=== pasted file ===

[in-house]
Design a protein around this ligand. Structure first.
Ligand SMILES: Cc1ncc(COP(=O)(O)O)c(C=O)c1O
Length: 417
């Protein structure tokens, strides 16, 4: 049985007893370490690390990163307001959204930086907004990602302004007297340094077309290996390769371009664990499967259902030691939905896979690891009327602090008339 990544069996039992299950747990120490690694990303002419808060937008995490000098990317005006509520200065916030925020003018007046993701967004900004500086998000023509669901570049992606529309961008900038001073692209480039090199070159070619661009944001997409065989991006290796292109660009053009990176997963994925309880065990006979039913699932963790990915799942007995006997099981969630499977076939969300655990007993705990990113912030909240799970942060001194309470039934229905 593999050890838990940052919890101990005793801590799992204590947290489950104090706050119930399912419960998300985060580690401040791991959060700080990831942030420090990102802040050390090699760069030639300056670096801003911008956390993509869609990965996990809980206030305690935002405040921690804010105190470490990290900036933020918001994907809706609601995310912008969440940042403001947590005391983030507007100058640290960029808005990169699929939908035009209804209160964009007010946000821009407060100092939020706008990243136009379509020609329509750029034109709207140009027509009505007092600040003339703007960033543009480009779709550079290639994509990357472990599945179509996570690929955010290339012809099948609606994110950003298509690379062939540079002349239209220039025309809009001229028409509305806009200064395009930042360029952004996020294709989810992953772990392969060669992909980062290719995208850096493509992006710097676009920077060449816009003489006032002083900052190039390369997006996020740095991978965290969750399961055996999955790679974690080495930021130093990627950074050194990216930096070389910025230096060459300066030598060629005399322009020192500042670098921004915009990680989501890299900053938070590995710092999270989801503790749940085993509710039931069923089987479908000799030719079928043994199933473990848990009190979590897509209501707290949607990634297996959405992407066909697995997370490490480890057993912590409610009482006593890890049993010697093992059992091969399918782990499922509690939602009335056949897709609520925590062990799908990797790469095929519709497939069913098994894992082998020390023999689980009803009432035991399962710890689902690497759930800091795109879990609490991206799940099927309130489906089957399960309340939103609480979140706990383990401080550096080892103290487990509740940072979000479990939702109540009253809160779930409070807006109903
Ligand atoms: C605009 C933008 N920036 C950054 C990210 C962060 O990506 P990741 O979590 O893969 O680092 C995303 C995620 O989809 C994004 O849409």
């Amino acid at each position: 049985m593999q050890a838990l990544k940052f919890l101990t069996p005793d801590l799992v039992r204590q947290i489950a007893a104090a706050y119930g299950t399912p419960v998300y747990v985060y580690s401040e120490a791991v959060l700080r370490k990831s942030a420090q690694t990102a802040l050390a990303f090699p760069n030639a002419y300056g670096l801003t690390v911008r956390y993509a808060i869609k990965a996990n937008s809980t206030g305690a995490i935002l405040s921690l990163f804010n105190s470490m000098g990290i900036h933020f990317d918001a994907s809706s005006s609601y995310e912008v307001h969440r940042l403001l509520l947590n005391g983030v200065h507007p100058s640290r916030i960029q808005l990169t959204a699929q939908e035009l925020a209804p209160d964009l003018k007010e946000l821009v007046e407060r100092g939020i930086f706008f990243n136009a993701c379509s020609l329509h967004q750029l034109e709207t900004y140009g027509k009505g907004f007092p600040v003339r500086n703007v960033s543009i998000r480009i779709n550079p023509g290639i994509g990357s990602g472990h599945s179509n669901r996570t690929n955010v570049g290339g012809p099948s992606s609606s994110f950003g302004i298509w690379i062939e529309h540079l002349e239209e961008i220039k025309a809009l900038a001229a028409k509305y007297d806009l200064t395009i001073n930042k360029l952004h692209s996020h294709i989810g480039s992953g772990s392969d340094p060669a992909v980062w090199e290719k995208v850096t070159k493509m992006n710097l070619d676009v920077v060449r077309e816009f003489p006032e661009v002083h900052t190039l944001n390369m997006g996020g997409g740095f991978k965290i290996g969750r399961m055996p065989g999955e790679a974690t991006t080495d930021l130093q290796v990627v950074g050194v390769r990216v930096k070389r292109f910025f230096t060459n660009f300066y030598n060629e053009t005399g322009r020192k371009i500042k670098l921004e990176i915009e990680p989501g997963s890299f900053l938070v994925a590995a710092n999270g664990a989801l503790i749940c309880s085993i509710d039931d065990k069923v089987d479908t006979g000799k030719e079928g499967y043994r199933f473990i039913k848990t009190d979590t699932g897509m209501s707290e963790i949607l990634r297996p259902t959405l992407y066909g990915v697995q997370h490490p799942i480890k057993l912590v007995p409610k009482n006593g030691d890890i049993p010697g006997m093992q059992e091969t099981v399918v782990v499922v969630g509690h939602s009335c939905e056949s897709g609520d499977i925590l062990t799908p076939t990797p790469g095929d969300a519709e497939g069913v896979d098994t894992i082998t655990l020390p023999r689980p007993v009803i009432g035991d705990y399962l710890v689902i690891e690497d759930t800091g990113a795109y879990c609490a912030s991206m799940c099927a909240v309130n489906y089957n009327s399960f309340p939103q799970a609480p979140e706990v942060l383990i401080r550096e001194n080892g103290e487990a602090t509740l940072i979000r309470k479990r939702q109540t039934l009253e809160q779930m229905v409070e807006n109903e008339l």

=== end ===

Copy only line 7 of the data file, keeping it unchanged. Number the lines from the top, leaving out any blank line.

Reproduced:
């Amino acid at each position: 049985m593999q050890a838990l990544k940052f919890l101990t069996p005793d801590l799992v039992r204590q947290i489950a007893a104090a706050y119930g299950t399912p419960v998300y747990v985060y580690s401040e120490a791991v959060l700080r370490k990831s942030a420090q690694t990102a802040l050390a990303f090699p760069n030639a002419y300056g670096l801003t690390v911008r956390y993509a808060i869609k990965a996990n937008s809980t206030g305690a995490i935002l405040s921690l990163f804010n105190s470490m000098g990290i900036h933020f990317d918001a994907s809706s005006s609601y995310e912008v307001h969440r940042l403001l509520l947590n005391g983030v200065h507007p100058s640290r916030i960029q808005l990169t959204a699929q939908e035009l925020a209804p209160d964009l003018k007010e946000l821009v007046e407060r100092g939020i930086f706008f990243n136009a993701c379509s020609l329509h967004q750029l034109e709207t900004y140009g027509k009505g907004f007092p600040v003339r500086n703007v960033s543009i998000r480009i779709n550079p023509g290639i994509g990357s990602g472990h599945s179509n669901r996570t690929n955010v570049g290339g012809p099948s992606s609606s994110f950003g302004i298509w690379i062939e529309h540079l002349e239209e961008i220039k025309a809009l900038a001229a028409k509305y007297d806009l200064t395009i001073n930042k360029l952004h692209s996020h294709i989810g480039s992953g772990s392969d340094p060669a992909v980062w090199e290719k995208v850096t070159k493509m992006n710097l070619d676009v920077v060449r077309e816009f003489p006032e661009v002083h900052t190039l944001n390369m997006g996020g997409g740095f991978k965290i290996g969750r399961m055996p065989g999955e790679a974690t991006t080495d930021l130093q290796v990627v950074g050194v390769r990216v930096k070389r292109f910025f230096t060459n660009f300066y030598n060629e053009t005399g322009r020192k371009i500042k670098l921004e990176i915009e990680p989501g997963s890299f900053l938070v994925a590995a710092n999270g664990a989801l503790i749940c309880s085993i509710d039931d065990k069923v089987d479908t006979g000799k030719e079928g499967y043994r199933f473990i039913k848990t009190d979590t699932g897509m209501s707290e963790i949607l990634r297996p259902t959405l992407y066909g990915v697995q997370h490490p799942i480890k057993l912590v007995p409610k009482n006593g030691d890890i049993p010697g006997m093992q059992e091969t099981v399918v782990v499922v969630g509690h939602s009335c939905e056949s897709g609520d499977i925590l062990t799908p076939t990797p790469g095929d969300a519709e497939g069913v896979d098994t894992i082998t655990l020390p023999r689980p007993v009803i009432g035991d705990y399962l710890v689902i690891e690497d759930t800091g990113a795109y879990c609490a912030s991206m799940c099927a909240v309130n489906y089957n009327s399960f309340p939103q799970a609480p979140e706990v942060l383990i401080r550096e001194n080892g103290e487990a602090t509740l940072i979000r309470k479990r939702q109540t039934l009253e809160q779930m229905v409070e807006n109903e008339l």